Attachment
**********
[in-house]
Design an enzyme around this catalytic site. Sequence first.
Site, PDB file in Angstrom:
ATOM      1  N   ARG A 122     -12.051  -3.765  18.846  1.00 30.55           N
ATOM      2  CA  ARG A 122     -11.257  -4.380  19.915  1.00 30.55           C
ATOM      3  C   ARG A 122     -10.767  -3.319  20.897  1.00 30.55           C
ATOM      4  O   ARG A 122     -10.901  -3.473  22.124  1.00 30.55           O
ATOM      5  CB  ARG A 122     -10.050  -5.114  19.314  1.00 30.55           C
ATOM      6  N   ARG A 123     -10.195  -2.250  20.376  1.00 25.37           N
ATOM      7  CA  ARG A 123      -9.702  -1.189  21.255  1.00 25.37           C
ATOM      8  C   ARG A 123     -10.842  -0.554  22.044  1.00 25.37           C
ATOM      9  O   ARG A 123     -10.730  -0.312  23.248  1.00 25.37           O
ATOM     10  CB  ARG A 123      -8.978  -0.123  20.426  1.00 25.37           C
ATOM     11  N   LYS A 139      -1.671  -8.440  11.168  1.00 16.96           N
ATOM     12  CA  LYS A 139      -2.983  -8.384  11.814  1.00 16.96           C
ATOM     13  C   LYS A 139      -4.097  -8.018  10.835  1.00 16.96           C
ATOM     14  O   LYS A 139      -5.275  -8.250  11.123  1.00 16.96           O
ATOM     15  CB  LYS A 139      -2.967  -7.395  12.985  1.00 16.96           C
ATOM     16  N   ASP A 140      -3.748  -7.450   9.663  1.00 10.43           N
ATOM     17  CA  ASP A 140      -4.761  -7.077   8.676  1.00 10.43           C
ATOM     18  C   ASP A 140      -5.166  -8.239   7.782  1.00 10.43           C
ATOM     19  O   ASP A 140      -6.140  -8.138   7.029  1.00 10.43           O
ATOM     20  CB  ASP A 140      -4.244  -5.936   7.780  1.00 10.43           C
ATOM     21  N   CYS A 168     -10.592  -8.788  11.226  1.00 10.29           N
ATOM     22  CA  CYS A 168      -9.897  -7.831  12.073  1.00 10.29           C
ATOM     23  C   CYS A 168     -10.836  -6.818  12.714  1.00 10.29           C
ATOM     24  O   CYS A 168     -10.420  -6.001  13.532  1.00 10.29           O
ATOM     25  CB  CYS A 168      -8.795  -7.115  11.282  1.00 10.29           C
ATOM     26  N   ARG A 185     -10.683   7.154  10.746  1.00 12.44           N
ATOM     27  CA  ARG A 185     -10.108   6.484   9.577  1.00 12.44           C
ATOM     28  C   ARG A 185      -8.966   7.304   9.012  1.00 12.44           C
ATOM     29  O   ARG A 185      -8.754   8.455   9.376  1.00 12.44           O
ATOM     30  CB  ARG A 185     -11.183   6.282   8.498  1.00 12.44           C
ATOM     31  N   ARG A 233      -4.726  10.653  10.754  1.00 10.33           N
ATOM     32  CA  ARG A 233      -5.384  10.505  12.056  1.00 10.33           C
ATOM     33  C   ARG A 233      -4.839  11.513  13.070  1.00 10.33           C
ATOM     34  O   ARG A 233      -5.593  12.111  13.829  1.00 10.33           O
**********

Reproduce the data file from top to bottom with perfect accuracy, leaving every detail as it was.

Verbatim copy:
[in-house]
Design an enzyme around this catalytic site. Sequence first.
Site, PDB file in Angstrom:
ATOM      1  N   ARG A 122     -12.051  -3.765  18.846  1.00 30.55           N
ATOM      2  CA  ARG A 122     -11.257  -4.380  19.915  1.00 30.55           C
ATOM      3  C   ARG A 122     -10.767  -3.319  20.897  1.00 30.55           C
ATOM      4  O   ARG A 122     -10.901  -3.473  22.124  1.00 30.55           O
ATOM      5  CB  ARG A 122     -10.050  -5.114  19.314  1.00 30.55           C
ATOM      6  N   ARG A 123     -10.195  -2.250  20.376  1.00 25.37           N
ATOM      7  CA  ARG A 123      -9.702  -1.189  21.255  1.00 25.37           C
ATOM      8  C   ARG A 123     -10.842  -0.554  22.044  1.00 25.37           C
ATOM      9  O   ARG A 123     -10.730  -0.312  23.248  1.00 25.37           O
ATOM     10  CB  ARG A 123      -8.978  -0.123  20.426  1.00 25.37           C
ATOM     11  N   LYS A 139      -1.671  -8.440  11.168  1.00 16.96           N
ATOM     12  CA  LYS A 139      -2.983  -8.384  11.814  1.00 16.96           C
ATOM     13  C   LYS A 139      -4.097  -8.018  10.835  1.00 16.96           C
ATOM     14  O   LYS A 139      -5.275  -8.250  11.123  1.00 16.96           O
ATOM     15  CB  LYS A 139      -2.967  -7.395  12.985  1.00 16.96           C
ATOM     16  N   ASP A 140      -3.748  -7.450   9.663  1.00 10.43           N
ATOM     17  CA  ASP A 140      -4.761  -7.077   8.676  1.00 10.43           C
ATOM     18  C   ASP A 140      -5.166  -8.239   7.782  1.00 10.43           C
ATOM     19  O   ASP A 140      -6.140  -8.138   7.029  1.00 10.43           O
ATOM     20  CB  ASP A 140      -4.244  -5.936   7.780  1.00 10.43           C
ATOM     21  N   CYS A 168     -10.592  -8.788  11.226  1.00 10.29           N
ATOM     22  CA  CYS A 168      -9.897  -7.831  12.073  1.00 10.29           C
ATOM     23  C   CYS A 168     -10.836  -6.818  12.714  1.00 10.29           C
ATOM     24  O   CYS A 168     -10.420  -6.001  13.532  1.00 10.29           O
ATOM     25  CB  CYS A 168      -8.795  -7.115  11.282  1.00 10.29           C
ATOM     26  N   ARG A 185     -10.683   7.154  10.746  1.00 12.44           N
ATOM     27  CA  ARG A 185     -10.108   6.484   9.577  1.00 12.44           C
ATOM     28  C   ARG A 185      -8.966   7.304   9.012  1.00 12.44           C
ATOM     29  O   ARG A 185      -8.754   8.455   9.376  1.00 12.44           O
ATOM     30  CB  ARG A 185     -11.183   6.282   8.498  1.00 12.44           C
ATOM     31  N   ARG A 233      -4.726  10.653  10.754  1.00 10.33           N
ATOM     32  CA  ARG A 233      -5.384  10.505  12.056  1.00 10.33           C
ATOM     33  C   ARG A 233      -4.839  11.513  13.070  1.00 10.33           C
ATOM     34  O   ARG A 233      -5.593  12.111  13.829  1.00 10.33           O